Estate Planning for Digital Assets


In today’s modern age, estate planning goes beyond deciding who will inherit your property and receive precious family heirlooms. The worry that many people have today regards “digital assets.” Digital assets are new to the legal world and laws concerning what should be done with them after a person’s death are still in the process of being made. When it comes to your digital assets, it is important to plan ahead of time so that they are dealt with according to your wishes.

What are Digital Assets?

Digital assets is a much broader term than you might think at first. They include all of your digital files and online accounts that you use on your computer, tablet, phone, and other digital devices. As you go over the list below, think of all of your digital assets and which of the following apply to you.

  • email accounts
  • social media accounts
  • subscriptions
  • marketplace accounts (i.e. Amazon, Ebay, Etsy)
  • interest-specific chatrooms or boards
  • apps
  • digital photos
  • books, music, and videos – storage or streaming (i.e. Pandora, Spotify, iTunes, etc.)
  • file sharing and storage (i.e. Google Docs)
  • online financial, medical, insurance, and utility accounts
  • gaming accounts
  • online dating accounts
  • blogs and websites
  • information, files, or programs on your phone, tablet, or computer
  • loyalty program benefits

Once you have thought over the digital assets you are in possession of, make a list of all of them. This will make it easier for you to go back when you start planning what you want to do with your digital assets.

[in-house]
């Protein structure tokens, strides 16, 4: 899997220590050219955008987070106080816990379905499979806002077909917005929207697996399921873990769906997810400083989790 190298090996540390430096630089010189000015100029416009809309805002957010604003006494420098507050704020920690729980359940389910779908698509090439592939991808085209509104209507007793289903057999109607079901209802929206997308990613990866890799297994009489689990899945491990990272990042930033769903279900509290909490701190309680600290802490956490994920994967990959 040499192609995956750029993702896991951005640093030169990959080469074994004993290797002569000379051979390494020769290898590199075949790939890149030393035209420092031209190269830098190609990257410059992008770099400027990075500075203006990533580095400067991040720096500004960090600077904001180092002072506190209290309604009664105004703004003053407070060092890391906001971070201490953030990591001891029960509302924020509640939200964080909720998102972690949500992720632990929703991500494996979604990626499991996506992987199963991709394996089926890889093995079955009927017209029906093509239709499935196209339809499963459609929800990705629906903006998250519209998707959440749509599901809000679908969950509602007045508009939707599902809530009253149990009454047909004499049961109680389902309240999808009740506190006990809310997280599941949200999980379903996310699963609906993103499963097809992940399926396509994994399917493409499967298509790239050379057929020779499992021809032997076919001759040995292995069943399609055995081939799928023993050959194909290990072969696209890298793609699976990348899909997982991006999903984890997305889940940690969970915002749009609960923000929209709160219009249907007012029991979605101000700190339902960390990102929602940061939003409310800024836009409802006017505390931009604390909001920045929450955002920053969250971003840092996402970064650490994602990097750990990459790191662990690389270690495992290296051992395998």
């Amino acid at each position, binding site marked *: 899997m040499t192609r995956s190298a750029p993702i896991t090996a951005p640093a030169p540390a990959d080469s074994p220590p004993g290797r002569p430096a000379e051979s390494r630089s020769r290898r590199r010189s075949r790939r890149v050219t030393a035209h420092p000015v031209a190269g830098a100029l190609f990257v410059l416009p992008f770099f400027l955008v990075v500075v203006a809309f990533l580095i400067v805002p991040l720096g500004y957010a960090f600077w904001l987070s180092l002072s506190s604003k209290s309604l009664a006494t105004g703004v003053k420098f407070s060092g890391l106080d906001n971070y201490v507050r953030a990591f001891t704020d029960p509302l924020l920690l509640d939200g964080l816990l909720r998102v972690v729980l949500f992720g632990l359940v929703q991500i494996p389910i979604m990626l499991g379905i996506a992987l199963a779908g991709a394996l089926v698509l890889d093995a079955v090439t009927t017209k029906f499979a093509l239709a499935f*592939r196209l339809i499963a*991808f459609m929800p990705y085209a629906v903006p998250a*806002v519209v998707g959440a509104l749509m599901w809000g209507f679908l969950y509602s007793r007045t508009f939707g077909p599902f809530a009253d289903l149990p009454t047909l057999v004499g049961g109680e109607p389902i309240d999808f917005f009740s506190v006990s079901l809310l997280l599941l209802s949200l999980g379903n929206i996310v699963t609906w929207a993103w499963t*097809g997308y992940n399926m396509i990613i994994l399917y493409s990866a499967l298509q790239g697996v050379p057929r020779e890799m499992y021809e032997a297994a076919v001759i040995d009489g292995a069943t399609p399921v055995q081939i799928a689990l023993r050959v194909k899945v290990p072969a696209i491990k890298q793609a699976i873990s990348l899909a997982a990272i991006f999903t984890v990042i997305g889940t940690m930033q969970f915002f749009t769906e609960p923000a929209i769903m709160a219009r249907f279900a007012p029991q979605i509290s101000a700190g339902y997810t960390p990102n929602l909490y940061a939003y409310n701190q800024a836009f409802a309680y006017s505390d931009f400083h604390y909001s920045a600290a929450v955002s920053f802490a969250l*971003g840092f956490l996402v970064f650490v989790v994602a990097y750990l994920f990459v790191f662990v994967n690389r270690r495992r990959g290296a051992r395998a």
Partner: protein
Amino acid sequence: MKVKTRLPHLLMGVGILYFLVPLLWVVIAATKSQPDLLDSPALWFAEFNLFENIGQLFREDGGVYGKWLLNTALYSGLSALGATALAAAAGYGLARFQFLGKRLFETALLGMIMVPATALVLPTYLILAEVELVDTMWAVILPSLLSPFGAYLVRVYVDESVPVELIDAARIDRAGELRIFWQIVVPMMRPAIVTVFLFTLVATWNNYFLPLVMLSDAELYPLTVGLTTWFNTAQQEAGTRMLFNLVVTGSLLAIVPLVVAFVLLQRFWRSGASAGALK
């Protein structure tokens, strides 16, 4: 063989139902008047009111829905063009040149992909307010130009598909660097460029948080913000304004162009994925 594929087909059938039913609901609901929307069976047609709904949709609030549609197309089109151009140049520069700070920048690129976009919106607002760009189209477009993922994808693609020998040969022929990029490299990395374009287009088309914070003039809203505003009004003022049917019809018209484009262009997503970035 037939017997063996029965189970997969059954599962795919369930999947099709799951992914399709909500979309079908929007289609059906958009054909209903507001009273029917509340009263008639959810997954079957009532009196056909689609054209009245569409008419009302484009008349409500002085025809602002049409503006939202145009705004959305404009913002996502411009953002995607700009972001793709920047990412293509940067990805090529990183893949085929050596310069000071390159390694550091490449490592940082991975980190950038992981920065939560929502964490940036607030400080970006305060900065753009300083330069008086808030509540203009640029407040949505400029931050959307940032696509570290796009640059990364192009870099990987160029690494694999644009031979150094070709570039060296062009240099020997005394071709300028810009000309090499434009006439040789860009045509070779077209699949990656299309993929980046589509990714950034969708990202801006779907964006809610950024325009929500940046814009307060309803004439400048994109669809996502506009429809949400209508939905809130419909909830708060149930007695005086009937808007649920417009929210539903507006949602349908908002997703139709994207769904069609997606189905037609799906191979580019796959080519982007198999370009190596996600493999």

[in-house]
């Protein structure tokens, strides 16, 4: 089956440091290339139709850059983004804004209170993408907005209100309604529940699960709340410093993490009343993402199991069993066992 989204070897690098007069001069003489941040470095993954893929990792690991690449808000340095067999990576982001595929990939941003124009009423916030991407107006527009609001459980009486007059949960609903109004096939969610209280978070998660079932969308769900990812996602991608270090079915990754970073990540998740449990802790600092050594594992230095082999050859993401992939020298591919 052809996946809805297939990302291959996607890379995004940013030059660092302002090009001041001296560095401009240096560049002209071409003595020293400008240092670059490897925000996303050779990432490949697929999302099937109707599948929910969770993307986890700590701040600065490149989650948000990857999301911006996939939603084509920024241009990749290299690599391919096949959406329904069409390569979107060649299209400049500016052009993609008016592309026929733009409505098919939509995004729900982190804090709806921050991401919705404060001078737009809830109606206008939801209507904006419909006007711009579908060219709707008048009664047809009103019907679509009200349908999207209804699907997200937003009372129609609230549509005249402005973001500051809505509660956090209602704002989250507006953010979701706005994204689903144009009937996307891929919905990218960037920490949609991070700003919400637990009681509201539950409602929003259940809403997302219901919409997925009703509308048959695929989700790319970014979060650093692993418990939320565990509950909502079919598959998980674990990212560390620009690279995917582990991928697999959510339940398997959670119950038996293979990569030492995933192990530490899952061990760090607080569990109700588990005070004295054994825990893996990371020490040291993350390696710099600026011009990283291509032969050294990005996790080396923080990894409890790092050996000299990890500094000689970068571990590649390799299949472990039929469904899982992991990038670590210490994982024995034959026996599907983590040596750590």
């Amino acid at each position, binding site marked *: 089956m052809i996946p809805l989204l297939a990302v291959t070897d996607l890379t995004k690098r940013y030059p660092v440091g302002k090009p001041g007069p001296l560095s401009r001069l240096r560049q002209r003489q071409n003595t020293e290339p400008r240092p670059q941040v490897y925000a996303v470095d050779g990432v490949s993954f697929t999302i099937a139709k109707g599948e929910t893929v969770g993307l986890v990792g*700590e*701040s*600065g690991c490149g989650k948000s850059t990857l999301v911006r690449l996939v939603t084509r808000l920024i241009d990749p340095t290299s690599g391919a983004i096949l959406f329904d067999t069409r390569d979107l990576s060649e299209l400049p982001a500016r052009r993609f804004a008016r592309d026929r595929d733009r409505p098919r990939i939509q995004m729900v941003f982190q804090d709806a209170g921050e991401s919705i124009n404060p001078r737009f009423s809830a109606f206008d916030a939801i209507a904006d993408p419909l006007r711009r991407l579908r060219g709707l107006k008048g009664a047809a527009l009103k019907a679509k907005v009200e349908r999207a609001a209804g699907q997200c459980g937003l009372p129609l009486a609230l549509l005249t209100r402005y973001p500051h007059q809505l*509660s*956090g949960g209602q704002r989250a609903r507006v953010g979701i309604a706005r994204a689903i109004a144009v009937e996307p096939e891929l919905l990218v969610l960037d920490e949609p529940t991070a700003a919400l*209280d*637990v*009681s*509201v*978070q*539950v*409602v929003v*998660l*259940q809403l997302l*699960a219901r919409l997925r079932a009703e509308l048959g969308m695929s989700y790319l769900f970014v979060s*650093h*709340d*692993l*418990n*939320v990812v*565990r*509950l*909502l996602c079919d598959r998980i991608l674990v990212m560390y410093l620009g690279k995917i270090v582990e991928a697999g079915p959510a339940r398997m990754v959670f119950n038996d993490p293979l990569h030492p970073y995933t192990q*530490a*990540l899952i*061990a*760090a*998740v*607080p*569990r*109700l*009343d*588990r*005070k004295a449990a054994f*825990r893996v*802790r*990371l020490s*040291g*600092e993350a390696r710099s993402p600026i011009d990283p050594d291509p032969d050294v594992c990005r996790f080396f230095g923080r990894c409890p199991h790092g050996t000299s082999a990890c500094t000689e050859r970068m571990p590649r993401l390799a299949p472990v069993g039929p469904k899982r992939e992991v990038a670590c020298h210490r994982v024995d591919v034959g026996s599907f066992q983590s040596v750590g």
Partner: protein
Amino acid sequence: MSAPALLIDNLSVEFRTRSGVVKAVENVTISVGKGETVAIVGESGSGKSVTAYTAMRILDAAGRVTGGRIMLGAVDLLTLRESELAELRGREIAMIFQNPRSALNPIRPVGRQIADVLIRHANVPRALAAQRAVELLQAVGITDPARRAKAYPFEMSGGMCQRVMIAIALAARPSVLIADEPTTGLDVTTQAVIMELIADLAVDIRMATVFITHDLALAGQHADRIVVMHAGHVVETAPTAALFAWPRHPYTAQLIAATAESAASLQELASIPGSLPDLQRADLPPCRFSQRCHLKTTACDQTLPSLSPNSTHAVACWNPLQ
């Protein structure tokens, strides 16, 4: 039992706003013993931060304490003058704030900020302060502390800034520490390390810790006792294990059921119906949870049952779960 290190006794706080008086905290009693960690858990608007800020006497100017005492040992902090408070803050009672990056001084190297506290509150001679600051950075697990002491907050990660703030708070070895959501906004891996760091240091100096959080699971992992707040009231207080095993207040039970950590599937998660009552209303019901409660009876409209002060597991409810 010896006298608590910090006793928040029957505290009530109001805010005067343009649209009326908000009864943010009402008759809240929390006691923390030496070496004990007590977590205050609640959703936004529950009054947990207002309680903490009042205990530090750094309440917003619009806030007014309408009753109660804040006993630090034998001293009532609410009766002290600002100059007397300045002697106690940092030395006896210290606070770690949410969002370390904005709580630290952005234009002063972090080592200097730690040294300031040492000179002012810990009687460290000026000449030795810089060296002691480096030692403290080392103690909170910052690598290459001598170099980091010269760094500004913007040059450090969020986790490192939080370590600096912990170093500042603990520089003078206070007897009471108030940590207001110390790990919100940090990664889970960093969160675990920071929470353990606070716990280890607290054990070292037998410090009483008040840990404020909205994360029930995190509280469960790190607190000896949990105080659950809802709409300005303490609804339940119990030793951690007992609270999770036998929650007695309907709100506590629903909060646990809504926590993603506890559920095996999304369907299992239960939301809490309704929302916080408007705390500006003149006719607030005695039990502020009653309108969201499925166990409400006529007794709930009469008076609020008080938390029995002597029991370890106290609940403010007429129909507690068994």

Can You Pass Digital Assets Through Your Will?

Generally, assets that are transferable can be included in your estate after you die. This includes anything that is worth money as well as items that contain sentimental value. You can use your will to determine who these will be passed on to.

Such items include funds in PayPal, money owed to you by online stores like Amazon or Etsy, and digital music or photos that you own. In addition, some digital assets that you have licensed are transferable at death, but that depends on the terms of the licensing agreement.

Most of your digital assets do not pass on through your will at death. This is because you are not licensed to use certain sites and terms of agreement limit your rights. Examples of digital assets that you cannot pass on through your will include your email, social media accounts, subscriptions, and apps on your phone or tablet.

Make a Plan for Your Digital Assets

Even if you are not able to pass on all your digital assets through your will, there are still ways that you can plan for what happens to them after your die. Begin by making a list of all your accounts and files, including usernames and passwords where needed. Write specific instructions regarding what you wish to happen to these digital assets. These instructions might be to give your digital photos to a brother, post a special message to a social media account, or delete all accounts from the internet. Include all this information in a letter to your executor. Keep this letter with your will and other estate planning documents.

Prefer Privacy?

While some people may want to share their digital assets with their family members, others might prefer to protect their privacy when it comes to these assets. Such people should certainly not leave a letter detailing their login information. Rather, they should seek help from an attorney to make sure that their executor is not able to access these accounts.At JacksonWhite, we respect your privacy and are willing to help maintain it.

Call our Estate team at (480)467-4325 to discuss your case today.

Contact The JacksonWhite Estate Team

Call (480) 467-4325 or fill out the form below to schedule a consultation and discuss your best legal options.

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